“… It would be reassuring if Dolly the Sheep was a wolf in shee’s clothing. The idea of a sheep in sheep’s clothing is more disturbing, but why? Is this the lamb of god? Or an imposter? Doesn’t the Antichrist come as the double or clone of the true Christ? The fear of difference, of the stranger, the monster, the alien is what might be called a “rational” fear, or at the very least, a fear that has a determinate object or image. The racial or gendered other is (with the notable exception of homosexuality, wo twhich we will return) visibly marked as different and distinguishable. But the true terror arises when the different arrives masquerading as the same, threatening all differentiation and identification. The logic of identity itself is put in question by the clone.” (34)

Later on he does return to homosexuality, specifically the first gay porn star, whose artist name was actually “The Clone.”

It’s true. There he is.

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with greetings from sweden (part iv: matti kallioinen)

by on Jun.11, 2011

Please enter Gaslandet
Also visit the the kallioinean myspace section

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with greetings from sweden (part iii: sara-vide ericson)

by on Jun.11, 2011

“Emigrationsverket/Emigration organization”, Oil on canvas, 2003

“Michelle Pfeiffer has believes in Egypt, and I believe in Michelle”, Oil on canvas, 2006

“Patafysiken”, Oil on canvas, 2007

“Varulvarna”, Oil on canvas, 2008

“Hilla IV”, Oil on canvas, 2009

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magdalena nordin: last girl standing

by on Jun.11, 2011

I almost never read books. When I do, I usually haven’t the energy to finish it. But Jenna Jameson’s book was different, I couldn’t stop reading it. I recognized myself in what she had written, we had so much in common. She was a teenager and quiet as a mouse. She had no clue how to connect with people and was passive in all social situations. Jenna dreamed about becoming a star, for people to notice her. Like me, she loved attention. The difference between us was that she got it and there we part company.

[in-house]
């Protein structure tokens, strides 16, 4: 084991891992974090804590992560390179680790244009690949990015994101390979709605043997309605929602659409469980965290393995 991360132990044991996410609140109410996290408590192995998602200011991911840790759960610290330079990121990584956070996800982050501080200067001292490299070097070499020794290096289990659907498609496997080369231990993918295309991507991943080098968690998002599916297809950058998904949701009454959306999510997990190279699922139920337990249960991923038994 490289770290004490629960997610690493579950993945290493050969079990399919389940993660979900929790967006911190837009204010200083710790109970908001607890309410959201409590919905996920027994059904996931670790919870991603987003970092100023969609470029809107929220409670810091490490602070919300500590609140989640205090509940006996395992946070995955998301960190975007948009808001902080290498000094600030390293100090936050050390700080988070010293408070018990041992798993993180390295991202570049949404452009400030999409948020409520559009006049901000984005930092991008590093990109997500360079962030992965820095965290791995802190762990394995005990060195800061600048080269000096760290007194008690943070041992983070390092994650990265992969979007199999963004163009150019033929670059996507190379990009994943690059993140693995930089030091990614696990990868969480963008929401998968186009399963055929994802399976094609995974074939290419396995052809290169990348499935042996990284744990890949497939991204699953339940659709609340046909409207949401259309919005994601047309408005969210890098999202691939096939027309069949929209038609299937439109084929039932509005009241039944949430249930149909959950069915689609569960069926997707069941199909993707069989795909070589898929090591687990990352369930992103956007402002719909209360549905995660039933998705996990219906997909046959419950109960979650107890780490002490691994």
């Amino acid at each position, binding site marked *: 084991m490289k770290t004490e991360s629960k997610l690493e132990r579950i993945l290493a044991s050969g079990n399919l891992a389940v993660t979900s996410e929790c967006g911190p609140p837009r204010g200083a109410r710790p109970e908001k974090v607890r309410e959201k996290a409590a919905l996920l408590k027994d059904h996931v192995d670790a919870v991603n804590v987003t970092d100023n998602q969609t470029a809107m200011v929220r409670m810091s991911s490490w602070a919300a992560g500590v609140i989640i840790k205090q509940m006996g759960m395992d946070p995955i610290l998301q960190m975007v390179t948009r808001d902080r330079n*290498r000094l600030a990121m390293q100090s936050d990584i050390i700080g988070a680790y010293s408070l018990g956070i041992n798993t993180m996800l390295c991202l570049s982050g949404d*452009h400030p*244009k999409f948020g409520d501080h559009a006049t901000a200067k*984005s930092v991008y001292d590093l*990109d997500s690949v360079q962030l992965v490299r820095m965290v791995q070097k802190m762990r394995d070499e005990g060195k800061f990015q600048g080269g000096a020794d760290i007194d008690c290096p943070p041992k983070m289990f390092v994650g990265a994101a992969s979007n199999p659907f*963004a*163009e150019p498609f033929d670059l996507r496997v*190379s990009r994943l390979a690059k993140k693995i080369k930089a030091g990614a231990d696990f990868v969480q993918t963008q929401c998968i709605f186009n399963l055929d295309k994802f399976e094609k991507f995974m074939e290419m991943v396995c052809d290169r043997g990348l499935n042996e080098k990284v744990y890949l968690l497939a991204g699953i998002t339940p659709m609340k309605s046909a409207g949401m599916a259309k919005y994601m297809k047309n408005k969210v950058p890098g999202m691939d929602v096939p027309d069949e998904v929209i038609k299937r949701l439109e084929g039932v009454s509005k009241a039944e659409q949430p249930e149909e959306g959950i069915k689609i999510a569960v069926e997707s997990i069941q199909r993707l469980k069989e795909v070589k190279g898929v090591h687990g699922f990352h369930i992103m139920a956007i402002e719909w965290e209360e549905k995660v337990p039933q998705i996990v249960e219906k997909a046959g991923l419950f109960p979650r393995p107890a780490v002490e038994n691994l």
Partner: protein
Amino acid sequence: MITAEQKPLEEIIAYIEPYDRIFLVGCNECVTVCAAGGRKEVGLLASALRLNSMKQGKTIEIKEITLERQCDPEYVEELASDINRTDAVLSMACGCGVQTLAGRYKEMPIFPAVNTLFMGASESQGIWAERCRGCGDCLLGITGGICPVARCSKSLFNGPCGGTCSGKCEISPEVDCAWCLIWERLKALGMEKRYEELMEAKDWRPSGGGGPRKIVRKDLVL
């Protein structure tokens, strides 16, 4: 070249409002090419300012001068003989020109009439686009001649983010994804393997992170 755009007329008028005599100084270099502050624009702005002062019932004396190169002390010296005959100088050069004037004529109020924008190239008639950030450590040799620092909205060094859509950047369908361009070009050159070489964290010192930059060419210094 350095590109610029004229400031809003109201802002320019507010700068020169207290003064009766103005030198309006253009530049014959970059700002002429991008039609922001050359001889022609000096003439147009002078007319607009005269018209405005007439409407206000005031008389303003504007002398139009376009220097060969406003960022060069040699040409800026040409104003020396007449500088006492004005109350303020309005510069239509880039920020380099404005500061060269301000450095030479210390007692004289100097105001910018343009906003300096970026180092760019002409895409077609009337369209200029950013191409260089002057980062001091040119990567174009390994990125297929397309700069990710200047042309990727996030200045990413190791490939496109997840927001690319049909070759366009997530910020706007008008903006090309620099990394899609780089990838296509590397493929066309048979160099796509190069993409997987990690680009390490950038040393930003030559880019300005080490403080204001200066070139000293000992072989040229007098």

Jenna Jameson’s book How to Make Love Like a Porn Star is an autobiographical novel on how she became one of the biggest porn stars ever. We follow her throughout her teens, when she ran away from home and started to work as a stripper. She later became a nude model, subsequently a porn actress and finally created her own adult entertainment company, Club Jenna. At the age of eighteen she had attained a career and complete control over her own destiny. She wanted to be the best and always made sure to excel among rivalling girls. A fierce competition arose, the other girls talked behind her back and glared at her jealously. I was one of them.

I was the outshined girl who never distinguished herself. I was jealous of her perfect teenage years. She got the dangerous boys, joined crazy parties and dared to run away from home. She got attention, did drugs, had a broken childhood, and the perfect look. When she lost her virginity, all she had to do was to buy a dress without shoulder straps, go to a party with older boys, get hammered and pass out, and wake up the following morning covered with blood in a waterbed with a guy beside her. I myself tried the same thing. I went to a party and drank until I blacked out. But each time I woke up at home in my own bed – still a virgin.

But today neither I nor Jenna Jameson is a teenager. Today I have the tools I need to reach my goals. And I will. I will reach the top on my own, just like Jenna.